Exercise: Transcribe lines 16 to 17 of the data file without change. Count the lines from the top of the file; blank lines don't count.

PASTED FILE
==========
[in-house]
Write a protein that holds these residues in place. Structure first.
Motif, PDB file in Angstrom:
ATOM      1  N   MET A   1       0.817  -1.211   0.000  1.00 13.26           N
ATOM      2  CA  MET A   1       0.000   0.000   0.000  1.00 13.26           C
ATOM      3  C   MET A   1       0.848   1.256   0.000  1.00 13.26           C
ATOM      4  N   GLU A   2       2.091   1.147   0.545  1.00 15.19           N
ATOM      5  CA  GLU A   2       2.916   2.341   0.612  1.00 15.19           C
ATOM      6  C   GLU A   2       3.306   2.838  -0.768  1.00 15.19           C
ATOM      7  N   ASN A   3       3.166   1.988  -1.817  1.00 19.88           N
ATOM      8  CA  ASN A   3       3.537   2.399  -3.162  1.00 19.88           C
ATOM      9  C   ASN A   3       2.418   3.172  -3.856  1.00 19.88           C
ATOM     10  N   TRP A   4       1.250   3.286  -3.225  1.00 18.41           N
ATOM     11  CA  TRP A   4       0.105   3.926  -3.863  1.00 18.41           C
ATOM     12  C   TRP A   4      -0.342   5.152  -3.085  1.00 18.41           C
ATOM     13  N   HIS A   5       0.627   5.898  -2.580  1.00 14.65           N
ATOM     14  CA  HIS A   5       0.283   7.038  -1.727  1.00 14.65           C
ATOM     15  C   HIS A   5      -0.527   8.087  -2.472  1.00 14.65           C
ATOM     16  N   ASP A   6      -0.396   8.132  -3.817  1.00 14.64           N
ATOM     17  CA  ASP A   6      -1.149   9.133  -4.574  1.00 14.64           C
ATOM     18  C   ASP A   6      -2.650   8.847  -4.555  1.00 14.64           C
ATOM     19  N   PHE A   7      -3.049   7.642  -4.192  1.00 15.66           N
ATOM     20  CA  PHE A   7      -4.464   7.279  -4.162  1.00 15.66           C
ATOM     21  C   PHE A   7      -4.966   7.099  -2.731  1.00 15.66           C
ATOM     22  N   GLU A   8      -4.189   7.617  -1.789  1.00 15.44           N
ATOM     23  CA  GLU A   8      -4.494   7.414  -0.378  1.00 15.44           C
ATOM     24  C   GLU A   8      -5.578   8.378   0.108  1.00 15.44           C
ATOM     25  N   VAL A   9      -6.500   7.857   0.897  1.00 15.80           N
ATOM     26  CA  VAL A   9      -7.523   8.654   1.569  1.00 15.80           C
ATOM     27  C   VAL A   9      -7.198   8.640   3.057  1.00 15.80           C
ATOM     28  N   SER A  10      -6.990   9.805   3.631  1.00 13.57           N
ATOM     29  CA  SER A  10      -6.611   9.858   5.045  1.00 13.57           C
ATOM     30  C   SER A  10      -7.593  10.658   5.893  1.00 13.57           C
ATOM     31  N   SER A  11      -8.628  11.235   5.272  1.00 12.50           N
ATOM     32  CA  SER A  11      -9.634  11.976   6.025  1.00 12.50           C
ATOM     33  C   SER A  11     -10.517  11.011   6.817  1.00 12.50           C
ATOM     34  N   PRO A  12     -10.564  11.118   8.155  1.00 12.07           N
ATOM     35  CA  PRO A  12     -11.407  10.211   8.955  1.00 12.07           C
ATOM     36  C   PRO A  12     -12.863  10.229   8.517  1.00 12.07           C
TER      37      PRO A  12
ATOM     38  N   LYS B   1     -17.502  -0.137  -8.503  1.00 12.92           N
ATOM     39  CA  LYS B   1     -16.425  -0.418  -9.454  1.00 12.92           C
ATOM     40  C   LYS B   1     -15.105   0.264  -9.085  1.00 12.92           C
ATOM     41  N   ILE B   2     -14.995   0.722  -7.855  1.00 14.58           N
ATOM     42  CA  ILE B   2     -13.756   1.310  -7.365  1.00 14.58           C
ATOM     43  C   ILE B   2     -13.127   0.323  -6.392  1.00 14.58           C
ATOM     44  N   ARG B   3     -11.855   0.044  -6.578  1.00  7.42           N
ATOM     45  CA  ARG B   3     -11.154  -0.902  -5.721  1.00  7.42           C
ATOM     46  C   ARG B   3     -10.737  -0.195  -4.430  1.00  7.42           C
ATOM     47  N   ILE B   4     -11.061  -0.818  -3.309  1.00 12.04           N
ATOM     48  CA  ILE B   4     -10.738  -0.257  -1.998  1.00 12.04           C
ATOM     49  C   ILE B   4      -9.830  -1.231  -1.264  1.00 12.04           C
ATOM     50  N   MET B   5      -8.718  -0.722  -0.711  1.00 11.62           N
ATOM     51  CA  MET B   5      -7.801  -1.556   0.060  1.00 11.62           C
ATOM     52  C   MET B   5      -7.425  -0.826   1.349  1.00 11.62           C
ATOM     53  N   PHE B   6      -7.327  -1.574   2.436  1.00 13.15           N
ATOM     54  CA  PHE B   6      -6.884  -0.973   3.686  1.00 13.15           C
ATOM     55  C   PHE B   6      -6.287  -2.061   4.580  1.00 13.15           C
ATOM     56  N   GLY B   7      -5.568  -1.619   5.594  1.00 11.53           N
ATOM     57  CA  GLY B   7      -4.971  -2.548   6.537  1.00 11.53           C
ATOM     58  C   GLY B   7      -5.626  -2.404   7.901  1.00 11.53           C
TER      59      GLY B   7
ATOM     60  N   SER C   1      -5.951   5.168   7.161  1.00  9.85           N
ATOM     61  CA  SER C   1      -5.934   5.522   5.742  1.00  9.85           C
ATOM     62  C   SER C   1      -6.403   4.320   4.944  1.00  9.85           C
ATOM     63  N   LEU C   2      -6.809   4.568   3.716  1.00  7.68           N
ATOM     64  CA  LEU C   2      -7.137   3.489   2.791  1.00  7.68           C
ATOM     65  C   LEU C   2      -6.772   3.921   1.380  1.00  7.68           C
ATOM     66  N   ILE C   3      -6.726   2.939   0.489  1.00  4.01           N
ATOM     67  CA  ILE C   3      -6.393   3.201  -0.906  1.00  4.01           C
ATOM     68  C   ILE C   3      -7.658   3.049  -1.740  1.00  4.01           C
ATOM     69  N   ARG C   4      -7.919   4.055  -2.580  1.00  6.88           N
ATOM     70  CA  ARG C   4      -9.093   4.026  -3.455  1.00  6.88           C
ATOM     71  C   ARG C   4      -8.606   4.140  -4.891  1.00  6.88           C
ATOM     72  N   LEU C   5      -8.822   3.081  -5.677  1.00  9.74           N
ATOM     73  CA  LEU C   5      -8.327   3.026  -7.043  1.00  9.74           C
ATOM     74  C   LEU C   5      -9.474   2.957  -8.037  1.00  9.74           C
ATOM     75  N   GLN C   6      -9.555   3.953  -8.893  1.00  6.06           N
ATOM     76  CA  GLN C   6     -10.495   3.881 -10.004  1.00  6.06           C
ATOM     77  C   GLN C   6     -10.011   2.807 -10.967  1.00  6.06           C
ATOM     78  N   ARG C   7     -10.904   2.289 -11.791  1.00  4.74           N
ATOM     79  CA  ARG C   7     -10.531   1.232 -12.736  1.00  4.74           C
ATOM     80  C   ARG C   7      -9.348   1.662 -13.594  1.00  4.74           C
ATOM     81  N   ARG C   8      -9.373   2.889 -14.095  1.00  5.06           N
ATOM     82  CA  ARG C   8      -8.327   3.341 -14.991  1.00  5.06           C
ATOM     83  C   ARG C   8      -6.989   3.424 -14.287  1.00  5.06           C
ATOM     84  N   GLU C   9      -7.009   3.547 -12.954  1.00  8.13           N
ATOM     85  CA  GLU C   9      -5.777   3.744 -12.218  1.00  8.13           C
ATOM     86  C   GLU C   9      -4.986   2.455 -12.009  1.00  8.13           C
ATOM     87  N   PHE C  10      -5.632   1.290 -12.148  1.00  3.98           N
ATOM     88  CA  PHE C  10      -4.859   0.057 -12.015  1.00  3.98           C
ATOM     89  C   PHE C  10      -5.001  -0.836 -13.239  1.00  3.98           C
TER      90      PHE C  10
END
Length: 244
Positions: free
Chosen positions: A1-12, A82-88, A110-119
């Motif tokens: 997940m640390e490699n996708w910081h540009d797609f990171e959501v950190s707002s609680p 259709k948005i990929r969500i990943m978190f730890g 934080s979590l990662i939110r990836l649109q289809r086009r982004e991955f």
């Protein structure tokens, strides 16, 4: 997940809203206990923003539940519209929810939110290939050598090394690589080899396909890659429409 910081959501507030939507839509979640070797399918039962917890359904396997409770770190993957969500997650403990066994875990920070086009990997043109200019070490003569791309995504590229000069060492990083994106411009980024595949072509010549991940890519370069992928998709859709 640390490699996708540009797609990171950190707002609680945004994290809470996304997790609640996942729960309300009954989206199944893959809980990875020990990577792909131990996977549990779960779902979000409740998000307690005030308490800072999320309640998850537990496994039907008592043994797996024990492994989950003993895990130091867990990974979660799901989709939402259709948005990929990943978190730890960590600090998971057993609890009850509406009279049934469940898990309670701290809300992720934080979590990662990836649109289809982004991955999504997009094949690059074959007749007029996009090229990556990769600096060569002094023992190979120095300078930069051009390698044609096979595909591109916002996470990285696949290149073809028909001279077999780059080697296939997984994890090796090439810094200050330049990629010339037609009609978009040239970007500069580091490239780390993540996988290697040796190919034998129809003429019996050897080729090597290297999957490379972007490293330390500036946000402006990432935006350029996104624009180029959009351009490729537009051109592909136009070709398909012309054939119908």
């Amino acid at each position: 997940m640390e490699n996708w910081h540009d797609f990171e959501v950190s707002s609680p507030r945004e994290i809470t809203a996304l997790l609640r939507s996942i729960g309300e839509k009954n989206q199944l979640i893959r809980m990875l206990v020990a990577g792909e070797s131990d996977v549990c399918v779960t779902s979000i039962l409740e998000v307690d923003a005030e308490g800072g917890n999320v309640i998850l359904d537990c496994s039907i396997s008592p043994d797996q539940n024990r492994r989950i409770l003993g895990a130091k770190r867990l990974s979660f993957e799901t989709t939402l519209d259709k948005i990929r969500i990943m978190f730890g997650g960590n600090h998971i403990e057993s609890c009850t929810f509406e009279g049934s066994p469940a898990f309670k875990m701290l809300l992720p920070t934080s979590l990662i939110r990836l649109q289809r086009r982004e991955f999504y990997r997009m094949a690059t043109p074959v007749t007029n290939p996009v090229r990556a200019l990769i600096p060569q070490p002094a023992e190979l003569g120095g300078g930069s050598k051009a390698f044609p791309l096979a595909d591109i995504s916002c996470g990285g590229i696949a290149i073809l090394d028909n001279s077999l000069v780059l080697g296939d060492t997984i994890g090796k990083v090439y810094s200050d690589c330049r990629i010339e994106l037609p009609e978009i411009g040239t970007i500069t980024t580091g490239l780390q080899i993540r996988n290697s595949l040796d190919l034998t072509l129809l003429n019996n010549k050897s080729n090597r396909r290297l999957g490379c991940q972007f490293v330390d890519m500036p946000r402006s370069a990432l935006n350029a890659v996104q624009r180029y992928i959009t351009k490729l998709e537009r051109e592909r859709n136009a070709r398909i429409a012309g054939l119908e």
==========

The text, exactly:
ATOM     13  N   HIS A   5       0.627   5.898  -2.580  1.00 14.65           N
ATOM     14  CA  HIS A   5       0.283   7.038  -1.727  1.00 14.65           C